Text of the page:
I am very nearly that neurotic about the feeling of lotion on my hands, and what works for me during the day is thin cotton gloves, like everyone is saying, only cut the very tips off so your fingertips can poke through and do touchscreen / fine motor work.

I do a similar thing, except my solution is to buy cheap stretchy winter gloves, which typically have "touchscreen fingers" built in these days. Disposable nitrile gloves work too -- IME you can still operate a touchscreen/trackpad with them on.

As far as lotions go, I haven't tried the ones others are suggesting here, but the least greasy one I've found is Eucerin Advanced Repair cream, which absorbs pretty quickly, but it ain't cheap. I just use regular Eucerin or Bloody Knuckles if I do the glove thing.
posted by neckro23 at 1:15 PM on January 18 [1 favorite]


I also love the cream linked by gakiko but for me it does take a couple of minutes to sink in. What I love about this is that it feels like it really moisturises and the effect is immediate. And this is supported by anybody i have ever given any to try. I despise most hand creams, especially those designed to leave no residue, because they don’t feel like they moisturise, they just seem to sit on the skin, it no longer feels dry but it doesn’t feel moisturised either. So consider what exactly the feeling is you dislike. But I have to admit that even trying to be patient I have the fingerprints from freshly moisturised hands on all my electronics.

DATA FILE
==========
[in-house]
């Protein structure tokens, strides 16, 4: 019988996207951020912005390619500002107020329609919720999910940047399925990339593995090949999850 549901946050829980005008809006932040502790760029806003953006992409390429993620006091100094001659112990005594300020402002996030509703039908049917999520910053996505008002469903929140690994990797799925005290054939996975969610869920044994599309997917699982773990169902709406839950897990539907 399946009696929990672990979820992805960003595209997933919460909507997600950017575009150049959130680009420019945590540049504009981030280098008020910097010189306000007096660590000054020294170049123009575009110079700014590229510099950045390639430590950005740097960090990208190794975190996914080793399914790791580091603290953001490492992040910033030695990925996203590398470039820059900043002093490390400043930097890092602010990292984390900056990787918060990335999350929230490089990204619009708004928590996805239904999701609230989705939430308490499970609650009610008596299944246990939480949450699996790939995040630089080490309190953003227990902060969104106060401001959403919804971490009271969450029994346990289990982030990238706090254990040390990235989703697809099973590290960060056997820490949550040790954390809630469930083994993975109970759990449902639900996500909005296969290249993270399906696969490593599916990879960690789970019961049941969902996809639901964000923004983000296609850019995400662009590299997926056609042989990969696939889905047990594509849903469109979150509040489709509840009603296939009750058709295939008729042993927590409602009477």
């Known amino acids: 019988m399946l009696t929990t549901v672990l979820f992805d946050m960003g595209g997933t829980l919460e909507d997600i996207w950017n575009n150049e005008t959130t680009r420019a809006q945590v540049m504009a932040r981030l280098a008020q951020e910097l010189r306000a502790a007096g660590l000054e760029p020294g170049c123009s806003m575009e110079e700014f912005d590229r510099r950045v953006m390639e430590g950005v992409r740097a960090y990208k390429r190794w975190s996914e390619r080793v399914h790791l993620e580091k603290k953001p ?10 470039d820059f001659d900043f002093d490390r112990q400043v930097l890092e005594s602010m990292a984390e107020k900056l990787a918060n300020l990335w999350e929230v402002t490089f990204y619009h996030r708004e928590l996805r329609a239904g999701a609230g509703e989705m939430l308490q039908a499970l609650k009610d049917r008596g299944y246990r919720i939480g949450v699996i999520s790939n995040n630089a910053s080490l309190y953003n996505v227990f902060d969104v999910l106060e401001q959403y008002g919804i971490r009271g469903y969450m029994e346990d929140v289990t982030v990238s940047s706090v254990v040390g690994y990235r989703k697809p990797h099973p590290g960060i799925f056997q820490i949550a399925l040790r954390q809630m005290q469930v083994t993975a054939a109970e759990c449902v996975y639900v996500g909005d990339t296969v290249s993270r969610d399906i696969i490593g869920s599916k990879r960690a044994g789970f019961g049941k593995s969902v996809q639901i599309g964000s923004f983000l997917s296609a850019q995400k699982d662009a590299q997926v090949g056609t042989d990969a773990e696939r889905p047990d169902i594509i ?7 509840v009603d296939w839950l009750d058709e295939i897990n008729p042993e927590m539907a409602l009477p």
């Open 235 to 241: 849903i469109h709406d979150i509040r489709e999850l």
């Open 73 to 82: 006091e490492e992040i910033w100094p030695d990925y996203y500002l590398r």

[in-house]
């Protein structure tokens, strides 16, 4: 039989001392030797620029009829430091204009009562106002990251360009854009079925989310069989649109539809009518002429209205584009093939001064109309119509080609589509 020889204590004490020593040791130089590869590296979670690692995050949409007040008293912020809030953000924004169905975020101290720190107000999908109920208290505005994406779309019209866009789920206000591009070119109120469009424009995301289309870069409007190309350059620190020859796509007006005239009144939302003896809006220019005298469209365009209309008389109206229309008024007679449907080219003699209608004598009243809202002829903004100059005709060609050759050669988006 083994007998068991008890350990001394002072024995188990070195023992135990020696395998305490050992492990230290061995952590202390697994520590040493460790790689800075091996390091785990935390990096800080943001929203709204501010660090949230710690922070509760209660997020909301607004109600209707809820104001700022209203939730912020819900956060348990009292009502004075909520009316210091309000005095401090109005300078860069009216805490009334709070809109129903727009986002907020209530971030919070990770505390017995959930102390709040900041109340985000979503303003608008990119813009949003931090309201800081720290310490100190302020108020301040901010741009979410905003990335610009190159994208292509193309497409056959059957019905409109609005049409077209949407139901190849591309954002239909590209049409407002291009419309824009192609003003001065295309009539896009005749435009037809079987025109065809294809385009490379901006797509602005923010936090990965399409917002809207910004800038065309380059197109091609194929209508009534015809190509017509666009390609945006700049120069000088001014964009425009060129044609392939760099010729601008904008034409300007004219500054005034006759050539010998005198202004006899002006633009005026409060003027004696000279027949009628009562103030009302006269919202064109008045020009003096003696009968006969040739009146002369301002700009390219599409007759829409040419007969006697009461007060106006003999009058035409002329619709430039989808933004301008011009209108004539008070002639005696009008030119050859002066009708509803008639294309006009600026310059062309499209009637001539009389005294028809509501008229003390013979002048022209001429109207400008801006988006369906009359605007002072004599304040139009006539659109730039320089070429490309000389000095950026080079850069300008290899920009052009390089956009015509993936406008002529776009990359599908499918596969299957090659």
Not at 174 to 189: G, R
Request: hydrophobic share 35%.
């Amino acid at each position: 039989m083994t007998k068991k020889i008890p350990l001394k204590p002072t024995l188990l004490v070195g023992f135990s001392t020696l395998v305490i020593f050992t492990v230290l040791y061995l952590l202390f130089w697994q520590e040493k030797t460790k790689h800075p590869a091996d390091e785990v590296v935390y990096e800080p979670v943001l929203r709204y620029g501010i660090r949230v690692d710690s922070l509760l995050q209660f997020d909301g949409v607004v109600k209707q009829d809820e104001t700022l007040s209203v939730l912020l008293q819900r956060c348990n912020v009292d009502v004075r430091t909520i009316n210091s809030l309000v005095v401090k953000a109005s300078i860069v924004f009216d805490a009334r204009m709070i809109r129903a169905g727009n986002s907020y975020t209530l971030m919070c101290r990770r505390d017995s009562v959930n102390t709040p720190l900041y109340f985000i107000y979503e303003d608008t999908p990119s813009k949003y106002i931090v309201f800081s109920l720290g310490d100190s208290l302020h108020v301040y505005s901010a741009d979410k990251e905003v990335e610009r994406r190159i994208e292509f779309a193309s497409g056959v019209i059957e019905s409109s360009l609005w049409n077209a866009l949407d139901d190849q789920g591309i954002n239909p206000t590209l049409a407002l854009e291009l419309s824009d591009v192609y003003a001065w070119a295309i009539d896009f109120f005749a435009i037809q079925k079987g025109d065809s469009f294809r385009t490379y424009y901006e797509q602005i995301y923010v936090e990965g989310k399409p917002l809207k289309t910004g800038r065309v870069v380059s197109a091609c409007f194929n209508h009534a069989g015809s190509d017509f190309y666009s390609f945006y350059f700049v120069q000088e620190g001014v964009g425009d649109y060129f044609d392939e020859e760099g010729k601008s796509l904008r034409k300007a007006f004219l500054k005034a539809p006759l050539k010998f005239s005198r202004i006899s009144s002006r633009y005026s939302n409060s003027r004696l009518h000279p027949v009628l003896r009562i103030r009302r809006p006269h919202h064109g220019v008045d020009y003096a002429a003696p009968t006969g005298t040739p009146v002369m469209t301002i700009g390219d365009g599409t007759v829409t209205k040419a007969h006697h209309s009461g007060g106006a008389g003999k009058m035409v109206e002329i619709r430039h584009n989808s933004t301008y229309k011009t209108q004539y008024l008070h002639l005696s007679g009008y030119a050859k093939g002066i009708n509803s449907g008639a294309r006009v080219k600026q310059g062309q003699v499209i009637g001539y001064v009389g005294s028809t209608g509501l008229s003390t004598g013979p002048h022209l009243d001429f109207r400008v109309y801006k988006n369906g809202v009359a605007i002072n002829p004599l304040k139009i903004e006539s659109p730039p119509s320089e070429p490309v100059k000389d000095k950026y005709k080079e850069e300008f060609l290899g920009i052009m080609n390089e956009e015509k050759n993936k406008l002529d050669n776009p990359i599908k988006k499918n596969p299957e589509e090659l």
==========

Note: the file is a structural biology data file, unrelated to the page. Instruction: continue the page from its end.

I also wear glasses so I tend to clean them every morning when I start to work. I use disposable wipes, they are designed to leave glasses free from streaks and fingerprints and I just move right on to my phone and finish with the computer keyboard. It takes all of a few seconds and given the large number of surfaces you touch with your hands in any day it is a good idea to clean your electronics frequently anyway. Every so often I feel fancy and use a damp cloth with dish soap for a deep clean.